Pay a Visit to a Cornish Fishing Village, many are very picturesque and offer great days out exploring and just soaking up the atmosphere.
Take your pick from Fowey, Polruan, Polperro and Looe are all classic Cornish fishing villages thriving in the sheltered valleys that reach far inland. They point north to the wilderness of Bodmin Moor. Here is Jamaica Inn, made famous by Daphne du Maurier’s novel of smuggling and romance.
Polperro It is a noted tourist destination, particularly in the summer months, for its idyllic appearance with tightly-packed ancient fishermen’s houses which survive almost untouched, its quaint harbour and attractive coastline.
But in Days Gone bye Smuggling was Rife!
Smuggling prospered since Polperro developed as a port in the 12th century
It reached its zenith in the late 18th century when Britain’s wars with America and France precipitated the high taxation of many imported goods, making it worthwhile for the local fishermen to boost their income by the importation of spirits, tobacco and other goods from Guernsey and elsewhere.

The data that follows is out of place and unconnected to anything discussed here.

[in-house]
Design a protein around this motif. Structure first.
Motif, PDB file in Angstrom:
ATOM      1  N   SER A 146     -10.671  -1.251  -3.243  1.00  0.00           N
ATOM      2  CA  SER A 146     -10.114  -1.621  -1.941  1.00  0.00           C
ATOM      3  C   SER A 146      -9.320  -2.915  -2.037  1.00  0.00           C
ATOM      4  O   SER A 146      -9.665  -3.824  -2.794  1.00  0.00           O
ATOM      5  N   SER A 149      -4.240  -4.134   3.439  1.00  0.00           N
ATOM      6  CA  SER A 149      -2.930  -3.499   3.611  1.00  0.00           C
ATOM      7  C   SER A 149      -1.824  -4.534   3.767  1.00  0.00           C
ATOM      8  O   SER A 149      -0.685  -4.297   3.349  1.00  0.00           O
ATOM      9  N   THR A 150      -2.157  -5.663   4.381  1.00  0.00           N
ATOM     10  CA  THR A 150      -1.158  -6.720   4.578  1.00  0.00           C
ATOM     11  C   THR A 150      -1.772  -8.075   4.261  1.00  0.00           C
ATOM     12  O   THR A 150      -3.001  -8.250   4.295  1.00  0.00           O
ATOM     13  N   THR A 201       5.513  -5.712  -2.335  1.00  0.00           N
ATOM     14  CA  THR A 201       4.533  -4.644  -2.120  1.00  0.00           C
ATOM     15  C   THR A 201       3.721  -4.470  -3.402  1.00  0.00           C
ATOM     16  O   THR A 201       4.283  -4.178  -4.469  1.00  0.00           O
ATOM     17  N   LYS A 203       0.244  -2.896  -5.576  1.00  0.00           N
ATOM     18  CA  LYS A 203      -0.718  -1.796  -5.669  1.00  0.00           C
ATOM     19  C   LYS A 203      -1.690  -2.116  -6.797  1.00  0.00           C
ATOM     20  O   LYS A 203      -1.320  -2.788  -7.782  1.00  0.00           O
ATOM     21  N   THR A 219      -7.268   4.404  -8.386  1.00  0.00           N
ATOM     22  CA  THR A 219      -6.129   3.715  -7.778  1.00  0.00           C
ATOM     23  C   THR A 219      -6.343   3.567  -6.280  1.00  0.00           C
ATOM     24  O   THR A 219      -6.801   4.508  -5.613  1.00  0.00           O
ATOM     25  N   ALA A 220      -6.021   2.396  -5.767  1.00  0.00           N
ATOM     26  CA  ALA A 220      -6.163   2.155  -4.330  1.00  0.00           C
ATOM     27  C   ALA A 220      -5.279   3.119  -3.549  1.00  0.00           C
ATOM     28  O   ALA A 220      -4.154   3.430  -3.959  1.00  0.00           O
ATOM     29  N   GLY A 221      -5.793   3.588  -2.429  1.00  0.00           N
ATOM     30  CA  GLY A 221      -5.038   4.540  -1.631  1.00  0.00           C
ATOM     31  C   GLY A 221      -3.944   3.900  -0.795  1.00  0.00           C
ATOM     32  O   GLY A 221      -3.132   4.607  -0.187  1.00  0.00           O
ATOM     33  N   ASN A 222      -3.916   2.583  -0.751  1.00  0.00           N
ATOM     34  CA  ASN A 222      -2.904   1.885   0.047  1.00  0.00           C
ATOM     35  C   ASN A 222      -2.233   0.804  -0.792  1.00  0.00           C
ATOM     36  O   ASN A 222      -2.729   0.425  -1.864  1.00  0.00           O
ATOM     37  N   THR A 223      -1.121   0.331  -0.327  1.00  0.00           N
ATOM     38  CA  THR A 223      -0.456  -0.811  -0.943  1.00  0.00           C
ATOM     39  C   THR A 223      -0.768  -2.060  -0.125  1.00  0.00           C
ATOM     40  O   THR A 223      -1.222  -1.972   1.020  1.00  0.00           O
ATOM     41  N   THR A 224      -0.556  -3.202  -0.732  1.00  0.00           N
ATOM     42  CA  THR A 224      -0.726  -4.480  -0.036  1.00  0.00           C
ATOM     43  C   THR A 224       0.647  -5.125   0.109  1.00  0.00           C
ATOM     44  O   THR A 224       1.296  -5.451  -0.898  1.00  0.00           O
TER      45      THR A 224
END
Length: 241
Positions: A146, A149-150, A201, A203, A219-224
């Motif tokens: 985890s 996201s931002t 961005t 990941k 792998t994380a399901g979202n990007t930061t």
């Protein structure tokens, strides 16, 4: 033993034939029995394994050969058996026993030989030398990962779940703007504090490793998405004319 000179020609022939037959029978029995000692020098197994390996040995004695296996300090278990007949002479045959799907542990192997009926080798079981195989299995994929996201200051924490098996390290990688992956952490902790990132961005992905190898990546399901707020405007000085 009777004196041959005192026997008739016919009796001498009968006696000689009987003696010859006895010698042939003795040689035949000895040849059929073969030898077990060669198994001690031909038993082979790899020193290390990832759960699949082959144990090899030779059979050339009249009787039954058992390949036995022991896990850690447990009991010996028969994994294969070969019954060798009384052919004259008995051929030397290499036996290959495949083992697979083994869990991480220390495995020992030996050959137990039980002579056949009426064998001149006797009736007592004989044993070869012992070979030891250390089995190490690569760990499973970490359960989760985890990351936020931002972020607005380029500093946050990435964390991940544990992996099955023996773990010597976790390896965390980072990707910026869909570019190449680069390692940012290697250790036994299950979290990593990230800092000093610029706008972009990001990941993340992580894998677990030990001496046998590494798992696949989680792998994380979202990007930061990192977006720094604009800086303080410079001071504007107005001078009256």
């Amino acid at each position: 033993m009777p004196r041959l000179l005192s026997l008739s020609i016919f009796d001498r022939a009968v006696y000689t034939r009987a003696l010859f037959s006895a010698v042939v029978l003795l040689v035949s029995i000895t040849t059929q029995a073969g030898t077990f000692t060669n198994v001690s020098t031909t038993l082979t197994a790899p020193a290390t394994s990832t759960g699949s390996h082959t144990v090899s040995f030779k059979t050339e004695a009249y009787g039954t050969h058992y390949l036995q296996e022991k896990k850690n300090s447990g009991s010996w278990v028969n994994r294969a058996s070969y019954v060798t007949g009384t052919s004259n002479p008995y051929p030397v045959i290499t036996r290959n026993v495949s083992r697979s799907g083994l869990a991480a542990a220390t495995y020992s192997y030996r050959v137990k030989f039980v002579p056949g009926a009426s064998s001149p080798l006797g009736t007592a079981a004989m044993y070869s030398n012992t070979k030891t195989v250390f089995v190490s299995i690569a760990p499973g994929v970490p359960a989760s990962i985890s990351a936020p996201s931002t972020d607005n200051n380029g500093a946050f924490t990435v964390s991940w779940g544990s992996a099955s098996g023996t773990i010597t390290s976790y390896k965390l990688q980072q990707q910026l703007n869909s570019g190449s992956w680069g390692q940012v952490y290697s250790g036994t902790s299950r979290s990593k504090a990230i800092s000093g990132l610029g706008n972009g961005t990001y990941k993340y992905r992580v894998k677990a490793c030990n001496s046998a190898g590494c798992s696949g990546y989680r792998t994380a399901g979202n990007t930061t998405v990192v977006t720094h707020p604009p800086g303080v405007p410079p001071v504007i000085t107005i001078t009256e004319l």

The Smuggler’s Banker
By the late 18th century, much of the success of the smuggling trade through Polperro was controlled by Zephaniah Job, a local merchant who became known as the ‘Smugglers’ Banker’.
A more organised Coast Guard service was introduced in the 19th century together with the deterrent of stiff penalties, leading to much less smuggling. Part of the South West Coast Path was originally used by Revenue Officers as they patrolled the coast in search of smugglers.
Whilst the South West Coast Path is maintained by the National Trust, the foreshore belongs to the Duchy of Cornwall.
Tourism became Polperro’s main industry during the 20th century. The village is accessible by air via Plymouth or Newquay,and by train via Looe railway station.
Visitors are no longer permitted to drive cars into the village, having to leave them in the main car park at Crumplehorn to the north of the village and walk through the half-mile length of the village to its harbour.
The village’s quaint but narrow streets make driving difficult. There are horse and cart rides and milk floats disguised as trams for those who prefer not to walk.
The village has several restaurants as well as seven pubs.
Fancy a stay in or near Polperro ?
Then click on this link to our best B&B’s in the area!
The Little Green Book
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